• What if we take these “underlying technology” and made them consumable as components which can be readily deployed and plugged in to existing and/or new solutions?
  • What if we can power up an entire generation of innovation with what we have to offer? Could that be a way for us to build our business based on the sense of openness and trust I described earlier?

We’ve made significant strides in the two years I spent with the team on this mission, and we’re just getting started. I cannot wait to witness when Watson Health Cognitive Services will be open for business, and I eagerly await with the Pager team on the other side of the aisle.

As with the other chapters of my IBM career, I cannot thank my team enough for their support and encouragement every step of the way — Tim Bouhour, my partner-in-crime, for the many long nights spent on our portfolio; Ryan Musch and Rebecca Buisan, our IBM “investors”, for the trust you placed in our team since the beginning of our journey.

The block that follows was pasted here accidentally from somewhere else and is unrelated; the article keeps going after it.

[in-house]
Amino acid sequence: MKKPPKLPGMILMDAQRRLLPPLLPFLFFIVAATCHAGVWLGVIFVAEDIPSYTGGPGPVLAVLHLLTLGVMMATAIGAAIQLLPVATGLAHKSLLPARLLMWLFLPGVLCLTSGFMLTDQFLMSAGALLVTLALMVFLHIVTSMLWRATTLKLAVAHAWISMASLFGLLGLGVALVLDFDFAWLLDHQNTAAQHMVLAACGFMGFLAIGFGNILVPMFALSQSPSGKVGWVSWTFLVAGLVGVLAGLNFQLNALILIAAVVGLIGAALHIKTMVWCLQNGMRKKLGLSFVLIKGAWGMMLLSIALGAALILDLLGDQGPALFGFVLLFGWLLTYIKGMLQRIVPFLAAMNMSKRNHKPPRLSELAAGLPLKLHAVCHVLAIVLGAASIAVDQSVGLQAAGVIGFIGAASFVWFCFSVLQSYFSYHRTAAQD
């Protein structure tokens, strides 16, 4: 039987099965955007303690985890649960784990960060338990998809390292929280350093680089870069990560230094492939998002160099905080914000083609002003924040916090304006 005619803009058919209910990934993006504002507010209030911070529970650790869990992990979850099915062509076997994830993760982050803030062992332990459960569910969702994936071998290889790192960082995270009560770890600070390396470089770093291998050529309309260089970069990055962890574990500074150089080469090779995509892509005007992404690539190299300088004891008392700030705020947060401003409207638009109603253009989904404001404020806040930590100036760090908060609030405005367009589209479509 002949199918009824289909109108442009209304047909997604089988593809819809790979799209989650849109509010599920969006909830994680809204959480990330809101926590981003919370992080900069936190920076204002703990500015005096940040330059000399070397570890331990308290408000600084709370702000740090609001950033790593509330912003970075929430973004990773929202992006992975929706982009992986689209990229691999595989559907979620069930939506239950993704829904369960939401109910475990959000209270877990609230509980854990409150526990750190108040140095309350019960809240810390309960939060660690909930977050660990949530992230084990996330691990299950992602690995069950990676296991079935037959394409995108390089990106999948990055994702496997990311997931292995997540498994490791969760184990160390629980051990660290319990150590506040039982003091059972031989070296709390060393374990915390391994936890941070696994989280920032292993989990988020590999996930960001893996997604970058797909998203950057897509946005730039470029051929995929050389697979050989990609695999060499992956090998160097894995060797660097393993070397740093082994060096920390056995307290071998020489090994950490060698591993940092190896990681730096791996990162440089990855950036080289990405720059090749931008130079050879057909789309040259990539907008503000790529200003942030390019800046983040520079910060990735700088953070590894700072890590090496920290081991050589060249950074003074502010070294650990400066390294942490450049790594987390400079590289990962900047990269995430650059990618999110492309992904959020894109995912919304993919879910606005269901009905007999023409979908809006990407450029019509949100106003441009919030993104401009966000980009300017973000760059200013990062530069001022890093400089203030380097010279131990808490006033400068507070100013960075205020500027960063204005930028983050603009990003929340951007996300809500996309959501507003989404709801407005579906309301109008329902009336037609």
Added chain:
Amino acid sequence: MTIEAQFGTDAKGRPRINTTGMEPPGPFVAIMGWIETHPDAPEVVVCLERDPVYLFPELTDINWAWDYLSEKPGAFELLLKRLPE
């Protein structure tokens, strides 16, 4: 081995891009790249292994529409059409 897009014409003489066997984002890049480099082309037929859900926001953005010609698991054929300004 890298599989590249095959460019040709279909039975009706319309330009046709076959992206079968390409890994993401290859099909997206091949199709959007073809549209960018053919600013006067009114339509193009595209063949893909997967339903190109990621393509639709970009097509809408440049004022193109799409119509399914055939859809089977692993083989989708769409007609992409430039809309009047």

Farewell, For Now

Farewells should be brief. We cannot dwell too much in the past, despite how good it has been. I’ll end with a quote in Richard Branson’s letter to Virgin America:

George Harrison once said, “All Things Must Pass.” This was the ride and love of a lifetime. I feel very lucky to have been on it with all of you.

My Somewhat Unconventional Analogy to “What’d Make a Great Product Manager?”

My Somewhat Unconventional Analogy to “What’d Make a Great Product Manager?”

I had just wrapped up another full-day onsite interview session at the RTP office this past Friday for IBM’s new cohort of future product managers. Exhausting, but I remain intensely optimistic as we attempt to change the culture of product management for this massive 100+ y.o. organization from inside out, one offer at a time. 1200 applications. Dozens of video interviews. 16 onsite fly-ins. Offers out the door in the coming weeks.